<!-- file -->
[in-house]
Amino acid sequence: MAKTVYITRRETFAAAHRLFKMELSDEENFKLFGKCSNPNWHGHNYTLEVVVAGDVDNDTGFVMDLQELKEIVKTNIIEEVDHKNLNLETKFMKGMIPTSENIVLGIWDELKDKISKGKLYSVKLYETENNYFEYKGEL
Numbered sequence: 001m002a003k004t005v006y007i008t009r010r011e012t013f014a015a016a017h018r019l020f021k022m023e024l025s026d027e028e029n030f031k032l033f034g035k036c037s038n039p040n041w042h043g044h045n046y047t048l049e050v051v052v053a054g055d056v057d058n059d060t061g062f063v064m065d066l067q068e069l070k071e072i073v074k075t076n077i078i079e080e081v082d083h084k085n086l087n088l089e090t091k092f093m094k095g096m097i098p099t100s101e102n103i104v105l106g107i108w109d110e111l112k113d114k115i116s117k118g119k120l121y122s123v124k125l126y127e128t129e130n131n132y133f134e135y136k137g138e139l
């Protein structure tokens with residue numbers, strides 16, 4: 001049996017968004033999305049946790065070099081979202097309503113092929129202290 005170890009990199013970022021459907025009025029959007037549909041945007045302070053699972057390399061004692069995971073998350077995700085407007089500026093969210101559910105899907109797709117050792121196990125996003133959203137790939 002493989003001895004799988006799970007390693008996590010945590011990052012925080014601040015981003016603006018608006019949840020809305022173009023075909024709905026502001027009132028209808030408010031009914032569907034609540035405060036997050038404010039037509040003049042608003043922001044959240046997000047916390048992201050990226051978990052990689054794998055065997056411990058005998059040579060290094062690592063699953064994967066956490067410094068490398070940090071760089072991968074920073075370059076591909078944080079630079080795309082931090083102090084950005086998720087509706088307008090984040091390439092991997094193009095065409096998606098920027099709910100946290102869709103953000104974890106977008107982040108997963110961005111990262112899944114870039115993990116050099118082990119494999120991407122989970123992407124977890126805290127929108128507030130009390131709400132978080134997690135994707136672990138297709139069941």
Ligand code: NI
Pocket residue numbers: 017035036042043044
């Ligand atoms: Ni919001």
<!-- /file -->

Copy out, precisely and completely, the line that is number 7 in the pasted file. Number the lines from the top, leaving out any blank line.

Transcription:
């Ligand atoms: Ni919001």